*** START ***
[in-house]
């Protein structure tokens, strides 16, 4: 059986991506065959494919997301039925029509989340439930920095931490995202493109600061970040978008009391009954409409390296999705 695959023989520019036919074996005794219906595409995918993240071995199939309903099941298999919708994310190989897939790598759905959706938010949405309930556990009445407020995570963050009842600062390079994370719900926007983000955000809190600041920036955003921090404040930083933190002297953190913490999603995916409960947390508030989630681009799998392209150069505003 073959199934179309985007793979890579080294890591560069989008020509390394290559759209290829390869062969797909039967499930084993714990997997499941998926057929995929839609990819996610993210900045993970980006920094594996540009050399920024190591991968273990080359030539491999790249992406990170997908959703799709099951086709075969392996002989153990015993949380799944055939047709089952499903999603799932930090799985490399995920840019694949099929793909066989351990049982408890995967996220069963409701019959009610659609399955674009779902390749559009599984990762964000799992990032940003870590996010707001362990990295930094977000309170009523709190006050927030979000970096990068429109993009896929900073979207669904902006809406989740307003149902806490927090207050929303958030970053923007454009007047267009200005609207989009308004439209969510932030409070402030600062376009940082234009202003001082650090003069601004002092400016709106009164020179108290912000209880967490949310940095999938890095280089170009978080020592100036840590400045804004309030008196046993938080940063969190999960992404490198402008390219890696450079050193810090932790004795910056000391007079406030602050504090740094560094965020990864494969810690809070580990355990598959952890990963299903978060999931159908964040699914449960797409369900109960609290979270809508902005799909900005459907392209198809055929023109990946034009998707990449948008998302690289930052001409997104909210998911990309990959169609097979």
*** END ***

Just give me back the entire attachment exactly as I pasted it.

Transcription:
[in-house]
């Protein structure tokens, strides 16, 4: 059986991506065959494919997301039925029509989340439930920095931490995202493109600061970040978008009391009954409409390296999705 695959023989520019036919074996005794219906595409995918993240071995199939309903099941298999919708994310190989897939790598759905959706938010949405309930556990009445407020995570963050009842600062390079994370719900926007983000955000809190600041920036955003921090404040930083933190002297953190913490999603995916409960947390508030989630681009799998392209150069505003 073959199934179309985007793979890579080294890591560069989008020509390394290559759209290829390869062969797909039967499930084993714990997997499941998926057929995929839609990819996610993210900045993970980006920094594996540009050399920024190591991968273990080359030539491999790249992406990170997908959703799709099951086709075969392996002989153990015993949380799944055939047709089952499903999603799932930090799985490399995920840019694949099929793909066989351990049982408890995967996220069963409701019959009610659609399955674009779902390749559009599984990762964000799992990032940003870590996010707001362990990295930094977000309170009523709190006050927030979000970096990068429109993009896929900073979207669904902006809406989740307003149902806490927090207050929303958030970053923007454009007047267009200005609207989009308004439209969510932030409070402030600062376009940082234009202003001082650090003069601004002092400016709106009164020179108290912000209880967490949310940095999938890095280089170009978080020592100036840590400045804004309030008196046993938080940063969190999960992404490198402008390219890696450079050193810090932790004795910056000391007079406030602050504090740094560094965020990864494969810690809070580990355990598959952890990963299903978060999931159908964040699914449960797409369900109960609290979270809508902005799909900005459907392209198809055929023109990946034009998707990449948008998302690289930052001409997104909210998911990309990959169609097979």